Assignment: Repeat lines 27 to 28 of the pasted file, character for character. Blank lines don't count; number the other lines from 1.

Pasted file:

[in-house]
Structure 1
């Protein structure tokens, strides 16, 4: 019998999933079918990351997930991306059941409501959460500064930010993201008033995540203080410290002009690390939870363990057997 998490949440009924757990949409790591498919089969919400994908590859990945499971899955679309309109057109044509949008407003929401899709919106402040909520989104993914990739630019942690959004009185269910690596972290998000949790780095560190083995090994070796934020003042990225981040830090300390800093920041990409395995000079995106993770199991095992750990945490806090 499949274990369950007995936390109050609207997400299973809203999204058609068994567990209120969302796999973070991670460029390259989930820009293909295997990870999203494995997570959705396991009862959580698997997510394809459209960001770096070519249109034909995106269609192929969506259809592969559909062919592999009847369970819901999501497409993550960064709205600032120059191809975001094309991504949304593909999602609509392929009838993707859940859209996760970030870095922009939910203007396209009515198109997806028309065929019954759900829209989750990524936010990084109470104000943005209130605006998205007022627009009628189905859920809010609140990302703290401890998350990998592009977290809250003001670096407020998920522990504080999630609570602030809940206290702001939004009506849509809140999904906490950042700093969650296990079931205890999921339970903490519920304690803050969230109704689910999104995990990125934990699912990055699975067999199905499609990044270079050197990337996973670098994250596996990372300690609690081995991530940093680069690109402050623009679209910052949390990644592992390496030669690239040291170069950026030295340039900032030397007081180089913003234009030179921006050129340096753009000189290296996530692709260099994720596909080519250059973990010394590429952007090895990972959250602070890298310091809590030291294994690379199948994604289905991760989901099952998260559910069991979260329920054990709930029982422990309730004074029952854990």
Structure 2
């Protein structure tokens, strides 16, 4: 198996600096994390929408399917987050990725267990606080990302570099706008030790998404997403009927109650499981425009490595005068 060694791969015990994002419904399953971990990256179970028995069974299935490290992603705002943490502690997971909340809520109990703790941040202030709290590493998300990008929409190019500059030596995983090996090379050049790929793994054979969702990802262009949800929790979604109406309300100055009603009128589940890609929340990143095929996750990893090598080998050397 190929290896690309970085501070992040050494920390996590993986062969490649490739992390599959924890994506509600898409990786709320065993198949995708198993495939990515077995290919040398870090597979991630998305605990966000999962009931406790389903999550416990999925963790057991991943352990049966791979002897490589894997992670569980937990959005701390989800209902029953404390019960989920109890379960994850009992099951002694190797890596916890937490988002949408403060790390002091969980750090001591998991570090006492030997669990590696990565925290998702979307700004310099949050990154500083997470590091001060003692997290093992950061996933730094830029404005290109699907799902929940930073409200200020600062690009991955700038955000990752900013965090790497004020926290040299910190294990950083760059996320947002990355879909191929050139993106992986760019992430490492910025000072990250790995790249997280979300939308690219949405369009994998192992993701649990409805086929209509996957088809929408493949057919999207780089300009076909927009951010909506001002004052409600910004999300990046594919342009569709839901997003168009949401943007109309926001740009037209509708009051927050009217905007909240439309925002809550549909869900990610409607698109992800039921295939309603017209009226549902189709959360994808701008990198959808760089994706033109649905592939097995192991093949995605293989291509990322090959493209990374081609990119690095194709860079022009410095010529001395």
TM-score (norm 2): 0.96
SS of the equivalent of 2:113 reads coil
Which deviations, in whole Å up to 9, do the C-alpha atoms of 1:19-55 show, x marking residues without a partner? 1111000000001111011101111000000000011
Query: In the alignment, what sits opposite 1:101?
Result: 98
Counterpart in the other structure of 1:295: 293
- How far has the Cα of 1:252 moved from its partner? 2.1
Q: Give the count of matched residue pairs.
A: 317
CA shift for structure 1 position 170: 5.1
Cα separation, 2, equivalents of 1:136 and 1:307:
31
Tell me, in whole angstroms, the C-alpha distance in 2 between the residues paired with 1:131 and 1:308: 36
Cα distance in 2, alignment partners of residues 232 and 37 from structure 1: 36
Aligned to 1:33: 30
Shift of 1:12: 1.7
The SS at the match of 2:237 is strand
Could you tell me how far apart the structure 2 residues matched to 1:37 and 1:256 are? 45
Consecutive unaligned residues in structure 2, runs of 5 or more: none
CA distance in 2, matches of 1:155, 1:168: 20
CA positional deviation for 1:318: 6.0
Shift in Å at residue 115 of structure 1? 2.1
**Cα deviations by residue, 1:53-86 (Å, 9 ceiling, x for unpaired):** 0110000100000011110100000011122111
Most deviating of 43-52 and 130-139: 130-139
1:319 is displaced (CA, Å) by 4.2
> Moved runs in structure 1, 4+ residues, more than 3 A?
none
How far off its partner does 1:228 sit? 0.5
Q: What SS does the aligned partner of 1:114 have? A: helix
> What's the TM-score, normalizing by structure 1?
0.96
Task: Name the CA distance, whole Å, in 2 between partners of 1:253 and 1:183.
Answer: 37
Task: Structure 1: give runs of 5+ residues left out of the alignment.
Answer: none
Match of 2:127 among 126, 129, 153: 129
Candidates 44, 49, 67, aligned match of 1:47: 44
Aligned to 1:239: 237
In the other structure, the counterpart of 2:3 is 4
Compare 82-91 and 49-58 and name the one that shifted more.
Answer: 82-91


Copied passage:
Shift in Å at residue 115 of structure 1? 2.1
**Cα deviations by residue, 1:53-86 (Å, 9 ceiling, x for unpaired):** 0110000100000011110100000011122111